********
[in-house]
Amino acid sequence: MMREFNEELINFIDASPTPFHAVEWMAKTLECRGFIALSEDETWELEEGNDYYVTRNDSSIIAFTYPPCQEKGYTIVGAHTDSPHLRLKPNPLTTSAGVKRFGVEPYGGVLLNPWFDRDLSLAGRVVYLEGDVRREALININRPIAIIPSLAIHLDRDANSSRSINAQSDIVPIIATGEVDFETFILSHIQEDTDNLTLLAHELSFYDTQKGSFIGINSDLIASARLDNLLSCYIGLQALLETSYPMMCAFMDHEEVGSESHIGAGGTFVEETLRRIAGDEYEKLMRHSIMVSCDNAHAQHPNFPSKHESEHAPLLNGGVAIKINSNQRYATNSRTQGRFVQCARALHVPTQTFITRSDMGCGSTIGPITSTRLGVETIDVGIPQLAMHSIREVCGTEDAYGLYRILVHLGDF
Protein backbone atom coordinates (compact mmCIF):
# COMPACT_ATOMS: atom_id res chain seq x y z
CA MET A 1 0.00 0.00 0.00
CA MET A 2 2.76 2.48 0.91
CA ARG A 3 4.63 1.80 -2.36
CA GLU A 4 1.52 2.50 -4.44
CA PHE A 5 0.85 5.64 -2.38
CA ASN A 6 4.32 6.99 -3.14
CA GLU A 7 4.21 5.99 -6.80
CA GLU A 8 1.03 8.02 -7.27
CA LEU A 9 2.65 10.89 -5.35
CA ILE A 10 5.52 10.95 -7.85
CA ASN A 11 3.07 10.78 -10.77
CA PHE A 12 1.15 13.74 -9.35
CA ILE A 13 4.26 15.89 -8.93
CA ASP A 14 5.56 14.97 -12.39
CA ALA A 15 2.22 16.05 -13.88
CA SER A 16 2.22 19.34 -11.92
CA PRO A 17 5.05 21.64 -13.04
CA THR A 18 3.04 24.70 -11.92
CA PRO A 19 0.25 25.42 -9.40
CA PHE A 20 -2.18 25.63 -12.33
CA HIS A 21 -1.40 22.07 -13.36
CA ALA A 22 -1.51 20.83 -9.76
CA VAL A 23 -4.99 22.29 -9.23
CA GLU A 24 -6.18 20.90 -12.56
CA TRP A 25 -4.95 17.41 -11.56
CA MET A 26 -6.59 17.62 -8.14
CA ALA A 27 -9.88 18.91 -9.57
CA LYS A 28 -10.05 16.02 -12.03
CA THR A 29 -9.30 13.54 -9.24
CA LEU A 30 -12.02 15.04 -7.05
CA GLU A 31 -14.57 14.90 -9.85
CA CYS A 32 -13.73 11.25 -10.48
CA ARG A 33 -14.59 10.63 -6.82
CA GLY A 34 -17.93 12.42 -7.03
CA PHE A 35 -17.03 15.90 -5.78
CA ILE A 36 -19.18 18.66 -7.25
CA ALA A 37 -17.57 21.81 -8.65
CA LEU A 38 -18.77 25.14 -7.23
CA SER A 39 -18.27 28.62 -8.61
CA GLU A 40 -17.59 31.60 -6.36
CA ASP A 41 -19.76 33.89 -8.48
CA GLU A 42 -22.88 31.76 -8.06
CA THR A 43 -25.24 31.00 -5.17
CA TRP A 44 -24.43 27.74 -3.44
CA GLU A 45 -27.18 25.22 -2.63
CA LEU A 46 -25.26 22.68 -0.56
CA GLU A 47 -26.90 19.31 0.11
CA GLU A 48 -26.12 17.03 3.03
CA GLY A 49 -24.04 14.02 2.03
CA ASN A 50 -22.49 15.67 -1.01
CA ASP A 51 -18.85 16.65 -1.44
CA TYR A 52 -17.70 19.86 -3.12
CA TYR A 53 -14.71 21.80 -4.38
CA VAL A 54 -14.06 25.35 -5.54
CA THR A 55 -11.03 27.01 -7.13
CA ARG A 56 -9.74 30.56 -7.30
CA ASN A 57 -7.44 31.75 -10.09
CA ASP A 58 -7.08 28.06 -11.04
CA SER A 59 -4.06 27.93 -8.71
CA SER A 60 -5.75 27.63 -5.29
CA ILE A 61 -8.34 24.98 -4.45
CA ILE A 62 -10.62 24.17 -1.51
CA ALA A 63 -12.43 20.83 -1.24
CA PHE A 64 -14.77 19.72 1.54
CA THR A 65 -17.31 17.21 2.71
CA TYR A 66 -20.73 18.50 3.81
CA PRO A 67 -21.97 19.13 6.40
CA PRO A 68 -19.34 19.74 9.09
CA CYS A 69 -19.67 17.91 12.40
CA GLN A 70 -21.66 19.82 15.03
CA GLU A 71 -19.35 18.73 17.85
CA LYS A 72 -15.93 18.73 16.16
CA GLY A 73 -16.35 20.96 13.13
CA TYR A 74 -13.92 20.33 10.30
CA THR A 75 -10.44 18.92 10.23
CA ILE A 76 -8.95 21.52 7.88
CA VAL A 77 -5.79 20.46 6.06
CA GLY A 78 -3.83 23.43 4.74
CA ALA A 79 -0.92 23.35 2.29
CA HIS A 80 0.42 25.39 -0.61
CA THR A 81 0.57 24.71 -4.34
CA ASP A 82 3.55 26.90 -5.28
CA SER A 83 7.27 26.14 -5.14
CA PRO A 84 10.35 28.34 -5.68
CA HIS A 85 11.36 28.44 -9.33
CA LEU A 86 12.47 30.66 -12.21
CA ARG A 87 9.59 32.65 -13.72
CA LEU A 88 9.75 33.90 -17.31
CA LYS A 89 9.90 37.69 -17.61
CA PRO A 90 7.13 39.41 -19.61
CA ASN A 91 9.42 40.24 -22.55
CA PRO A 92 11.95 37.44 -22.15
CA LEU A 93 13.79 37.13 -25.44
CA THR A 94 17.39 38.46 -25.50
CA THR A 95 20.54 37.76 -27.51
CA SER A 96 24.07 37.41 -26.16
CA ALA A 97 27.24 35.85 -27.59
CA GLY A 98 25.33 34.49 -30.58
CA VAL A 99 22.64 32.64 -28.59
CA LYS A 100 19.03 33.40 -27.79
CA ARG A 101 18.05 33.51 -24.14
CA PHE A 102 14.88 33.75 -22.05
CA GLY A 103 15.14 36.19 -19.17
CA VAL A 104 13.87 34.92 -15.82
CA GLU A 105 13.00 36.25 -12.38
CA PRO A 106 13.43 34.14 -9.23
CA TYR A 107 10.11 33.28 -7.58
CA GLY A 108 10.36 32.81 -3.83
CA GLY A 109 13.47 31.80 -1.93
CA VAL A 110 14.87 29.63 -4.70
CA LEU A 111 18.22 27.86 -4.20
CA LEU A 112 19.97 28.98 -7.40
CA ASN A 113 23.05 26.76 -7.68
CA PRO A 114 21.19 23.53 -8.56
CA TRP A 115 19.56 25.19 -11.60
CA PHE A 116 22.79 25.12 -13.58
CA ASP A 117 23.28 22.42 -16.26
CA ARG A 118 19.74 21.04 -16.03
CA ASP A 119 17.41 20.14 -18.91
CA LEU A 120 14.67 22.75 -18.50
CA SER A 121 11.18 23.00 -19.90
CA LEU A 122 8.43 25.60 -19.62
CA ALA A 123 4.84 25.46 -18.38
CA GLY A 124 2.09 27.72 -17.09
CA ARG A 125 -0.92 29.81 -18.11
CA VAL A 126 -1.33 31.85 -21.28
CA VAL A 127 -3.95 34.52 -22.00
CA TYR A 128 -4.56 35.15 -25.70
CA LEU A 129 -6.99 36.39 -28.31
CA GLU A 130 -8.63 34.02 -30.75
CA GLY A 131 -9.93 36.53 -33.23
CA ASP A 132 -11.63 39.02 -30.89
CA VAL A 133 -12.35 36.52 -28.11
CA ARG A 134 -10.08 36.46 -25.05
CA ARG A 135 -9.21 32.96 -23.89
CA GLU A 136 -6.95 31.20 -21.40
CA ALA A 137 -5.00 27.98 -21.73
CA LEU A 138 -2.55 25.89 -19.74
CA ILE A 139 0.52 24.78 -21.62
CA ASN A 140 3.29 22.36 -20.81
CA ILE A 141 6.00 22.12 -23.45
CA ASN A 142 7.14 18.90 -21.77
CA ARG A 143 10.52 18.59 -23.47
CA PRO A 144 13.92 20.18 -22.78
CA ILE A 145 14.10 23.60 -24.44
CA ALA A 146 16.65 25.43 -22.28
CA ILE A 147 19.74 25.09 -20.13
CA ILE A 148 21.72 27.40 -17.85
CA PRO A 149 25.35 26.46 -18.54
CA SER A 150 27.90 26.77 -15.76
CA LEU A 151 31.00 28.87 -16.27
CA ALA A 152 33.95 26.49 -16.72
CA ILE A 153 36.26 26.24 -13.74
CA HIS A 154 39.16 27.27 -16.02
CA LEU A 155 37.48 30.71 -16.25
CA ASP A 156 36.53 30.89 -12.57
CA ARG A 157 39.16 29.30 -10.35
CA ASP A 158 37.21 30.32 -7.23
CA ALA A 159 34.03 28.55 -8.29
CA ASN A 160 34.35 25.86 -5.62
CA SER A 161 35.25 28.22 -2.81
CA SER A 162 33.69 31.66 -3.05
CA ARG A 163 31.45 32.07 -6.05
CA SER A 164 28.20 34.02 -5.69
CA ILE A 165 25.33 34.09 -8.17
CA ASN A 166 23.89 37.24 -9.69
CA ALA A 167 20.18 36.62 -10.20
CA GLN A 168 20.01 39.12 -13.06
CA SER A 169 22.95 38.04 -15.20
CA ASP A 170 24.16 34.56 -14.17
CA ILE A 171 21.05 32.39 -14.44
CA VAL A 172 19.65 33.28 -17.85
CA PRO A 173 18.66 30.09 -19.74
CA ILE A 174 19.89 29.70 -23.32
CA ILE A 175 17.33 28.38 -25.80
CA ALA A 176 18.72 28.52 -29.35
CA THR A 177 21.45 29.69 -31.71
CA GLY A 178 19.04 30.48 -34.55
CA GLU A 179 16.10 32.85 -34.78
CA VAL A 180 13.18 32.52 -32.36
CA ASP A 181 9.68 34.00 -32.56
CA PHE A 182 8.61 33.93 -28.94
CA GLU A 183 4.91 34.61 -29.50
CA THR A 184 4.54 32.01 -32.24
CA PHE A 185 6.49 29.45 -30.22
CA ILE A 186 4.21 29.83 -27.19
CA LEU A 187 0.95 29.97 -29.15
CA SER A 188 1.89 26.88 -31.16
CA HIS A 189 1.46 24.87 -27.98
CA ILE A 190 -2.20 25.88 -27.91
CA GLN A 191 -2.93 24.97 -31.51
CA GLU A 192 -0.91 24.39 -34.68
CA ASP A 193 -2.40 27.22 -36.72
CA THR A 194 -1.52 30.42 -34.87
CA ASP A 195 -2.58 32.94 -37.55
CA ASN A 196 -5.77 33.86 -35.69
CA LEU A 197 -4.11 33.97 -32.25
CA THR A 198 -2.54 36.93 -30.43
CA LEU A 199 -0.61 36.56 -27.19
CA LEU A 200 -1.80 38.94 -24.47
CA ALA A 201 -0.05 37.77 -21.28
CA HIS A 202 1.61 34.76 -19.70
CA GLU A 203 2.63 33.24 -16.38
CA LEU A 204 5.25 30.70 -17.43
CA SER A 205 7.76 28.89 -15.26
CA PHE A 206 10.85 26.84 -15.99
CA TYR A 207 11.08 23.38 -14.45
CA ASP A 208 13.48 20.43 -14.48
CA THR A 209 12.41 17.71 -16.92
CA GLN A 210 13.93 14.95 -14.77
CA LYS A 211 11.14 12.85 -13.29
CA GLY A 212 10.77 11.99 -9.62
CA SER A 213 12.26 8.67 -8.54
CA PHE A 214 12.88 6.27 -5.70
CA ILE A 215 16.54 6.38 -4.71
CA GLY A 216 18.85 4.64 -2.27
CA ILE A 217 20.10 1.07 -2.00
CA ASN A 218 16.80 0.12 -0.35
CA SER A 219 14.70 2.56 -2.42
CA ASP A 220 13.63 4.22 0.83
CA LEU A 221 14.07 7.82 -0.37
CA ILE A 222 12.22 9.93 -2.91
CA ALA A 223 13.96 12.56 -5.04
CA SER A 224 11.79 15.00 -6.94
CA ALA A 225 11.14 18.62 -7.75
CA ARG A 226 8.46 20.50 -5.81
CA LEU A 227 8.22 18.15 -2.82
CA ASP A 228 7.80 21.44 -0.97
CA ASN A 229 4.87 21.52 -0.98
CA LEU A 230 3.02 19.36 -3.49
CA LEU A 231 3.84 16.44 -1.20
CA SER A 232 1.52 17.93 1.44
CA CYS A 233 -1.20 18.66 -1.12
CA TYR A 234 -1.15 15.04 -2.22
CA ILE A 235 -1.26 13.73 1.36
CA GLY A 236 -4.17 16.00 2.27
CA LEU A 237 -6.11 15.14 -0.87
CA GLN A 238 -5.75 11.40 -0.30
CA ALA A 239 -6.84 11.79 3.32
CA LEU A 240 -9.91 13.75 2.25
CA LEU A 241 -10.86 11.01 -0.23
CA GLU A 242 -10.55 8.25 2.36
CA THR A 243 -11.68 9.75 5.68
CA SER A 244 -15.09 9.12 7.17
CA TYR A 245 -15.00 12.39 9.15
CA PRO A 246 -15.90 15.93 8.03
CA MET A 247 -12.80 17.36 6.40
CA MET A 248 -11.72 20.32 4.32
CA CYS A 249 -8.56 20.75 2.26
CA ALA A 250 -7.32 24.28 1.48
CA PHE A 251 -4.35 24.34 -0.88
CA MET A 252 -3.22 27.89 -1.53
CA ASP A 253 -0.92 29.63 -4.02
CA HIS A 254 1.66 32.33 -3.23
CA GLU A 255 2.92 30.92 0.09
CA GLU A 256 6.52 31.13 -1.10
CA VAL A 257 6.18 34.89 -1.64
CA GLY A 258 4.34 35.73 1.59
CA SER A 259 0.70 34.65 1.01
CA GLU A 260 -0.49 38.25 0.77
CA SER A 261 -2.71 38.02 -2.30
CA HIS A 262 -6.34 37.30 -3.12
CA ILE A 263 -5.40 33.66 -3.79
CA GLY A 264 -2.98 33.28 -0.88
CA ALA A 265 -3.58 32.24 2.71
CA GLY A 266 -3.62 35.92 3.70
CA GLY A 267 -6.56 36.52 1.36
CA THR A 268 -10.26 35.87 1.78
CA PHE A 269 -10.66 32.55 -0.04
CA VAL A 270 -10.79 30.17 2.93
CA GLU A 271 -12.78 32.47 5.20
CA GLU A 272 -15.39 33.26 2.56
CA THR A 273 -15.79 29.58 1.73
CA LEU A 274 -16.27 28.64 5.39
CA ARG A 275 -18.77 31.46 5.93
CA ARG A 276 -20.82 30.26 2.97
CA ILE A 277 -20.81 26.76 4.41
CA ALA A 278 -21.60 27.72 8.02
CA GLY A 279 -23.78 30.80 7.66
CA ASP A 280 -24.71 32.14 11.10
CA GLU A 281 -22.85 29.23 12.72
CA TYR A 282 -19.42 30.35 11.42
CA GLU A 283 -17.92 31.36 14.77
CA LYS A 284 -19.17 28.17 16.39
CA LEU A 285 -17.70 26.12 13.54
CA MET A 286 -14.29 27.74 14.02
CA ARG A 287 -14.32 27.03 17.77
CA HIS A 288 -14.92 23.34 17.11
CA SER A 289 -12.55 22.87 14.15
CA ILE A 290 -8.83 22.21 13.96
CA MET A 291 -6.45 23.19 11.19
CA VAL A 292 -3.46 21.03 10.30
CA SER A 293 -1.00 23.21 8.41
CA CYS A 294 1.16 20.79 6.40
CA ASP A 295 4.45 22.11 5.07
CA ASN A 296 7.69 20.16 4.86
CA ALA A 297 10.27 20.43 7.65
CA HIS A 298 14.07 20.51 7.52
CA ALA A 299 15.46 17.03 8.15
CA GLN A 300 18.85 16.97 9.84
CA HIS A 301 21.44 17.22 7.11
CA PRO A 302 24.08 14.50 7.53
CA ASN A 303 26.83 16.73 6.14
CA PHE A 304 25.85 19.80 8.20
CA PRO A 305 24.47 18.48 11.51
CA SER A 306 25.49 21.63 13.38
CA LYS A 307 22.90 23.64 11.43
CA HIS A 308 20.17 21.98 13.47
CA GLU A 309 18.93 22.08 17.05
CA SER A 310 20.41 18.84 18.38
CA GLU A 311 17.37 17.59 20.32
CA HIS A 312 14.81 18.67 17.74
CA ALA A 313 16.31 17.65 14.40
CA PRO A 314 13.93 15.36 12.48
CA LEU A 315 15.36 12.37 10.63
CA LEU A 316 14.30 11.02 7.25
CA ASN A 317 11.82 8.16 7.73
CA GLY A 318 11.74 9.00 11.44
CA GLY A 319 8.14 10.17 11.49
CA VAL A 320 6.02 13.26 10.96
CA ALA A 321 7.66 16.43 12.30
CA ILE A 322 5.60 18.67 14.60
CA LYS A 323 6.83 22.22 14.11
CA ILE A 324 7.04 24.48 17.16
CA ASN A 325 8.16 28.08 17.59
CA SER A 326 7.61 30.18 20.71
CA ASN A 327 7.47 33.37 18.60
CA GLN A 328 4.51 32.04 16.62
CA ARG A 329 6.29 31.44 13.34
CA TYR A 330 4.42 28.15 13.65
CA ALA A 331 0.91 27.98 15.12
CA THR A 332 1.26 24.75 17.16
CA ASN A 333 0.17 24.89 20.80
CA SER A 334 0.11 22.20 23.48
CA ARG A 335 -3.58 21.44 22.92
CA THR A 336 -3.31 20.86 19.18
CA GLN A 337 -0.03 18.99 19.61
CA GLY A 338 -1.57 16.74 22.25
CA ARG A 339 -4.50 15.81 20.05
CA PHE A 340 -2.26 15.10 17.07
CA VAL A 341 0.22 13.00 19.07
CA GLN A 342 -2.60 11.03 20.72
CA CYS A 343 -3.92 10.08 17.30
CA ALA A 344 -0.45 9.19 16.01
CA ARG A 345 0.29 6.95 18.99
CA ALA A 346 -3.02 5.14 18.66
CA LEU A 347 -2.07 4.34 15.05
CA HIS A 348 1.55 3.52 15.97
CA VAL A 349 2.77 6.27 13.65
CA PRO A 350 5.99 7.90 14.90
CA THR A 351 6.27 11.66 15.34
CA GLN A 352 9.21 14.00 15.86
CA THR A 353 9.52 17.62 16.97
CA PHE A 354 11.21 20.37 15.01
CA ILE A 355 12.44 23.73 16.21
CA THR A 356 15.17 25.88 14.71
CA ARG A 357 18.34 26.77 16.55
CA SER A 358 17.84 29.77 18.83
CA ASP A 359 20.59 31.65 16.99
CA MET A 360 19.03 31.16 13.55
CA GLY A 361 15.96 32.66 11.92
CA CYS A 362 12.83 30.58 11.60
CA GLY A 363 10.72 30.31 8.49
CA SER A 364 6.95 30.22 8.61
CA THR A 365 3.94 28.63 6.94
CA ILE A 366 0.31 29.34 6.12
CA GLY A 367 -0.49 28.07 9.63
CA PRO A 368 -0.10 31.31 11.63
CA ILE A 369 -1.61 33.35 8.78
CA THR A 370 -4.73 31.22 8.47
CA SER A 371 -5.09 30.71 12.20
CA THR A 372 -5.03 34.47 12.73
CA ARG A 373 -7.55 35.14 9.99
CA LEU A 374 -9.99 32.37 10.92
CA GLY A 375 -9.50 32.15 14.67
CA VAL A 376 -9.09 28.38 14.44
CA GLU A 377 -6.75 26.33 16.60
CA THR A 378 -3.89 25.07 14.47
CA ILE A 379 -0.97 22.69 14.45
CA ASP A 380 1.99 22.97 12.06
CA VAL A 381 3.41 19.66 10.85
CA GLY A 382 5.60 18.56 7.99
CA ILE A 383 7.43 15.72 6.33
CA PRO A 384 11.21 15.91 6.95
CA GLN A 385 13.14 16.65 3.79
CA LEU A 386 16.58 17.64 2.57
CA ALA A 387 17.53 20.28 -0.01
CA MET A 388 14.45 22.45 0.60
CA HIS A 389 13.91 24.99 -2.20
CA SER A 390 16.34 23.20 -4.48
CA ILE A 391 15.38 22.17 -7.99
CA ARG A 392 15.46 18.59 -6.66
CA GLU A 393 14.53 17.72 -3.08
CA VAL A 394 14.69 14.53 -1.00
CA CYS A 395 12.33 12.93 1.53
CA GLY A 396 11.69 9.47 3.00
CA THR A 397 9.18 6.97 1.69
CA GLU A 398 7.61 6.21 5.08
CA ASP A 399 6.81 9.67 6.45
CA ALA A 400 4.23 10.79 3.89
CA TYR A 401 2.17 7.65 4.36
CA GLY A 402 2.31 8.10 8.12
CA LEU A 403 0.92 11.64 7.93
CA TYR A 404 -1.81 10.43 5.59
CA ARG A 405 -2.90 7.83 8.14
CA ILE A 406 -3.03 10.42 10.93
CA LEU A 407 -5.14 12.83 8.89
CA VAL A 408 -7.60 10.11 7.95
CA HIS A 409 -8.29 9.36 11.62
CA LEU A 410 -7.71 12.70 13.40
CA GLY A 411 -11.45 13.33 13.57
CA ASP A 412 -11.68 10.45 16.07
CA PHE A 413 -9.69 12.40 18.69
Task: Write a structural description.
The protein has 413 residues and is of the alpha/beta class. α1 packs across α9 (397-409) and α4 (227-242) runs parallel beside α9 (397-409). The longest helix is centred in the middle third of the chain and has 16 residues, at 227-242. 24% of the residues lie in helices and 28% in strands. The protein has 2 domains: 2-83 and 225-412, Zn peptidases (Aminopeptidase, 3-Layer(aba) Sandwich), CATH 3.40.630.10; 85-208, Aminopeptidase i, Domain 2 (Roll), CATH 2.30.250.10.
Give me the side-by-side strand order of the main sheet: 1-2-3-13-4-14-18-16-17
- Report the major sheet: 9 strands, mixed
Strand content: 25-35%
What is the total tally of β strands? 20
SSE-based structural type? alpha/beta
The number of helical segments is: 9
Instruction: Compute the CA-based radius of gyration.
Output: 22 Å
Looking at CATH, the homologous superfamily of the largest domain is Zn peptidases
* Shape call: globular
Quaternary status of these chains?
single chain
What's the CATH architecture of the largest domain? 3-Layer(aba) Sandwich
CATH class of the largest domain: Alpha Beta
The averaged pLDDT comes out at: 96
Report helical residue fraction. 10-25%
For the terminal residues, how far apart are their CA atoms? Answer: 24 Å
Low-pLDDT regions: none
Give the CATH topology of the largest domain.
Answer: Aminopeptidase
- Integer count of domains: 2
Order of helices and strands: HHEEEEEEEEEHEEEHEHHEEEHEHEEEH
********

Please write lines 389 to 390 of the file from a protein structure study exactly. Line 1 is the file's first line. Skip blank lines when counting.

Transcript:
CA GLN A 385 13.14 16.65 3.79
CA LEU A 386 16.58 17.64 2.57